Along the narrow streets of the historic Gems Zaveri Bazaar in Mumbai, many stores display signs saying “we buy old gold jewelry”, enticing buyers face a $ 125 premium ounce in London prices GOVERNMENT CRACKS DOWN as rising imports.
“My brother is getting married next month, requiring jewelry for the bride,” said the 35-year-old Shazia Iqbal Ahmed, who brought in bulky bracelets and a necklace for recycling.
“The family thought it better to use our old sets of chain jewelry for the new bride.We’ll End up saving Rs 50,000 in just the premium. It is profitable for us at the end.”
It is expected that about 1 million couples married in the current wedding season, which is 71 wedding days of good omen and will last until May. About 33,000 weddings took place on November 19 alone, more than anyone else day this year.
Gold is always in demand, in a typical gift of a pendant, earrings or ring, weighing 5 to 10 grams, depending upon the financial circumstances. Parents of the bride usually give the heaviest items as a necklace or bangles that weighs 50 grams or more.
But a government crackdown on gold imports that fueled runaway hit output in the current account deficit has led to new rules that impose higher duties, limiting imports and make it difficult for jewelers to home supplies.
Jewelers say the move could help mobilize more than an estimated 20 thousand tons of gold stored in Indian households, about 35 times the Reserve Bank of India’s official reserves.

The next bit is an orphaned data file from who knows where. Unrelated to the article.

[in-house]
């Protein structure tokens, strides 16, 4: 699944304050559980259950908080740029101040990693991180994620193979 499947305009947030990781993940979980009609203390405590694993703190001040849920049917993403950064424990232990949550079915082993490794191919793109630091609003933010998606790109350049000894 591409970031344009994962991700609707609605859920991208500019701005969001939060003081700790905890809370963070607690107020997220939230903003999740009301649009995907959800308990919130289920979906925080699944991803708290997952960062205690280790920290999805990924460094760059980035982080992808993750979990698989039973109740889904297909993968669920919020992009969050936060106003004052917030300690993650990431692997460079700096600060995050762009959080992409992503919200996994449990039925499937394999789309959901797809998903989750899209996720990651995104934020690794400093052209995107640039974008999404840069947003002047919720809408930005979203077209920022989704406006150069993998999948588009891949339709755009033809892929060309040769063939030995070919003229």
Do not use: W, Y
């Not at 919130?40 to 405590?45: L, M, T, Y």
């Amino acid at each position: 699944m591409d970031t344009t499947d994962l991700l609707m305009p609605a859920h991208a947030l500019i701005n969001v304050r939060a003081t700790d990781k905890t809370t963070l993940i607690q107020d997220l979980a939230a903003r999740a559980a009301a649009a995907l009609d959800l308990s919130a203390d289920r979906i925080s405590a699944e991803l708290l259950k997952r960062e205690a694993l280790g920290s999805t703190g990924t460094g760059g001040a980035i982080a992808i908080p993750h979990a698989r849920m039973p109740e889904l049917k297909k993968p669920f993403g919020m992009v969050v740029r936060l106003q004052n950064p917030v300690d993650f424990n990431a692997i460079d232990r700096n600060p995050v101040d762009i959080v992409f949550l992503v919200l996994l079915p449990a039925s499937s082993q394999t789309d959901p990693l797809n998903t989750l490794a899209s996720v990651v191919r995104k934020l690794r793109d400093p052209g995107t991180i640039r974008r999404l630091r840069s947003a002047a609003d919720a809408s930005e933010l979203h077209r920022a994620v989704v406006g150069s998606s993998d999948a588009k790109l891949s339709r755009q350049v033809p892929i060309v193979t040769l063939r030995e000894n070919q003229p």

“In this season of weddings, as there is no available gold in the marketplace, people have begun dating recycled gold. They has started to exchange the golden age again and pay for the costs of labor,” said Kumar Jain, who owns a gold shop retail Zaveri Bazaar.
Jain expected that about 400 tonnes of recycled gold to enter the market this fiscal year to March 2014, compared to standard rates of about 130 tonnes, according to Thomson Reuters GFMS.
“The general sentiment is weak, the import policy is not conducive, which resulted in high premiums. Most consumers are seeking to exchange old for new,” said Haresh Soni, chairman of All India Gems and Jewellery Federation, which represents more than 300,000 jewelers.
Government will be greeted by increased levels of recycling of gold, as it tries to curb the current account deficit to an acceptable range of 3.6% to 3.8% of GDP, from 4.9% in June quarter and is unlikely to reverse its recent steps in the near future.
“I think (gold) strictures will be there during at least the next six to twelve months,” said Naina Lal Kidwai, chairman of the Federation of Indian Chambers of Commerce and Industry.
Reported: Business Standard